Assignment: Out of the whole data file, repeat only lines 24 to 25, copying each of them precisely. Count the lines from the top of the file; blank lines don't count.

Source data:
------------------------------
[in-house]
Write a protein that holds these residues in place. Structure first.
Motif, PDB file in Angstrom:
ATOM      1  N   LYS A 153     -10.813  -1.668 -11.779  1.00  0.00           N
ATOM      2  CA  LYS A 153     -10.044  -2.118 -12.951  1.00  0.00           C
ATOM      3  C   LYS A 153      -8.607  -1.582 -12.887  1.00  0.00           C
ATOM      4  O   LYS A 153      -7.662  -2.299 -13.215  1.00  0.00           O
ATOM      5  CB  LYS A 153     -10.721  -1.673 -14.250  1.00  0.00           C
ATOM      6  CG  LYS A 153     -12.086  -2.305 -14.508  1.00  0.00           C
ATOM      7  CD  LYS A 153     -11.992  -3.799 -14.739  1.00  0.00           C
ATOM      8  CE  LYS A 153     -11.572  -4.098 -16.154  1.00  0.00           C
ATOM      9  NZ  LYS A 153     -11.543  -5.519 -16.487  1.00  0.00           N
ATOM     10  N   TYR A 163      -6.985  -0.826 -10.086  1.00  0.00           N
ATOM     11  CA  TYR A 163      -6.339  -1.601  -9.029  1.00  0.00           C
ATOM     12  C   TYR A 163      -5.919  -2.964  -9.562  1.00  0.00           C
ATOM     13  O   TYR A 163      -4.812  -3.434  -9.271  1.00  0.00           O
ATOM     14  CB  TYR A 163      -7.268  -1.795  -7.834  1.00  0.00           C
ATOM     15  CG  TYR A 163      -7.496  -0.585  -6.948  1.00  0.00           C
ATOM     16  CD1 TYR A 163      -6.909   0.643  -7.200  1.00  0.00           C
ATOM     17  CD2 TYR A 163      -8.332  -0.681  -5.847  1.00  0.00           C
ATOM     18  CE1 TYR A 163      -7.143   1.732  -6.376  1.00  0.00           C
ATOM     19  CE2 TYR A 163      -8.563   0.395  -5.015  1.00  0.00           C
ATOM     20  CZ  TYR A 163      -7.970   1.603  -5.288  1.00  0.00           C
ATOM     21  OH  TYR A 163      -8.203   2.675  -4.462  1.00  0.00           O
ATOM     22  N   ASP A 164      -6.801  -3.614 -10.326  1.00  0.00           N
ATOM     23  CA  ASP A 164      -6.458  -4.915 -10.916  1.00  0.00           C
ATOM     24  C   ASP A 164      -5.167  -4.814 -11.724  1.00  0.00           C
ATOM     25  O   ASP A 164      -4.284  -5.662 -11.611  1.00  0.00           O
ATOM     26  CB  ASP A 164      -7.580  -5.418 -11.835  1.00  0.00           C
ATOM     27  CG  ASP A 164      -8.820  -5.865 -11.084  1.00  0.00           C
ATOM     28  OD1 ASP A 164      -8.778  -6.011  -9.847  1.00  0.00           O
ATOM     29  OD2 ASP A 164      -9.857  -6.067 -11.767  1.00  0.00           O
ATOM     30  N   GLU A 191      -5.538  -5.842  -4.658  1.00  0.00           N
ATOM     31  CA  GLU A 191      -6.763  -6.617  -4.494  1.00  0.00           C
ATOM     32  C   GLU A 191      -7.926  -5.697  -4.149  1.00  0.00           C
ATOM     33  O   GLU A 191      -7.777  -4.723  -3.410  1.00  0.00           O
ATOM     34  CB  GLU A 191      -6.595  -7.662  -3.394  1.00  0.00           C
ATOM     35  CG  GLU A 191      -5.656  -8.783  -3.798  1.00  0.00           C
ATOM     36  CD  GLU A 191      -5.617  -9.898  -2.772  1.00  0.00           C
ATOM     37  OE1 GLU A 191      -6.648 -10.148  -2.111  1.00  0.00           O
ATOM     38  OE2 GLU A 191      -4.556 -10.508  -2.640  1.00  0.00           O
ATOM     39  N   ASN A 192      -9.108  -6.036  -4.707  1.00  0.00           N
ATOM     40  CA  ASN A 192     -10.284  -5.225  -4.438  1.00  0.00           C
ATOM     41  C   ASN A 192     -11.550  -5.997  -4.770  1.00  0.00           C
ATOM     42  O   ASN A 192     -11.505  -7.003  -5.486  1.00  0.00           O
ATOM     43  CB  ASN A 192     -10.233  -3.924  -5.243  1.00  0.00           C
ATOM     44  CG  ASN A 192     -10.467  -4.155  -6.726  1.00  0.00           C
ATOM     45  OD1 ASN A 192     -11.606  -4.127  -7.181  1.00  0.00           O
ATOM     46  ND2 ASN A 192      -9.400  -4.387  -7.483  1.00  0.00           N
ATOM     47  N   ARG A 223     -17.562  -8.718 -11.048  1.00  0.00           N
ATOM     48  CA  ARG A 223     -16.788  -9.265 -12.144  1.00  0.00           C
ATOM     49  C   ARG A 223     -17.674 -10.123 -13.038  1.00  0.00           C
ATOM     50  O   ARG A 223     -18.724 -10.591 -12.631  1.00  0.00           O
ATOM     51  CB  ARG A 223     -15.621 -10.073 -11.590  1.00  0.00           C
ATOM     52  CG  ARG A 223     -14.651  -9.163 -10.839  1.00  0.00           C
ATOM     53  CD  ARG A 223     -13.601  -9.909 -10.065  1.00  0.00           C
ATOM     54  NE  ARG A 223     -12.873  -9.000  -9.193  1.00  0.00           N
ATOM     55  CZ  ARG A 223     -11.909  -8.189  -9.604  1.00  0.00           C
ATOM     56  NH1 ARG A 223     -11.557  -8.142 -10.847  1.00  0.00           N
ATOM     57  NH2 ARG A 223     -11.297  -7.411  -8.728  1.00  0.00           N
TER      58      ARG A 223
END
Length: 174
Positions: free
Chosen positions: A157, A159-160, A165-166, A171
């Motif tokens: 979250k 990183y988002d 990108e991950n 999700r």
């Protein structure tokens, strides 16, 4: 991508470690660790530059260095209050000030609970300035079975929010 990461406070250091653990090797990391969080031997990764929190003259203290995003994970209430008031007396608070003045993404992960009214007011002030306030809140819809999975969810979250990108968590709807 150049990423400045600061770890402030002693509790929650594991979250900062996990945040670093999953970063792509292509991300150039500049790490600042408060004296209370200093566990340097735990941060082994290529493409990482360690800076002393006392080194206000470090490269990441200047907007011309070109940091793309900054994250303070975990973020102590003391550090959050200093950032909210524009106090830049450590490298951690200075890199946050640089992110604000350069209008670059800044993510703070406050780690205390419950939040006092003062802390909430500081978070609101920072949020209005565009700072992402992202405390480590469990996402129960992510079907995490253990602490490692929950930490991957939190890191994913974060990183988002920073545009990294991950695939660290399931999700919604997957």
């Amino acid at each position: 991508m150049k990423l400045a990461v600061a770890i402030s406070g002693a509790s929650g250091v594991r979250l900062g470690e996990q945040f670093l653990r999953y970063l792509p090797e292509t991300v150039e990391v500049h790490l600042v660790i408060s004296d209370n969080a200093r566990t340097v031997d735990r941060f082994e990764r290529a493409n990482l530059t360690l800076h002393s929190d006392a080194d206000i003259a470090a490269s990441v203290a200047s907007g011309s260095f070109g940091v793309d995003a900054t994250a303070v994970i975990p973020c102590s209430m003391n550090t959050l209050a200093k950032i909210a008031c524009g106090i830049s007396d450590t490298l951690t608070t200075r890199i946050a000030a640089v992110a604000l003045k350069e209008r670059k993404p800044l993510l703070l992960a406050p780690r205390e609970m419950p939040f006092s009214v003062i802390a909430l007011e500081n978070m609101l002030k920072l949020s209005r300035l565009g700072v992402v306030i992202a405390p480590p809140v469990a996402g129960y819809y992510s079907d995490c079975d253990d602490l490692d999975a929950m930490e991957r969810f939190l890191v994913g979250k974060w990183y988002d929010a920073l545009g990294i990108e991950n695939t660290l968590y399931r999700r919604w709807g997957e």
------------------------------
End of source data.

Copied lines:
ATOM     21  OH  TYR A 163      -8.203   2.675  -4.462  1.00  0.00           O
ATOM     22  N   ASP A 164      -6.801  -3.614 -10.326  1.00  0.00           N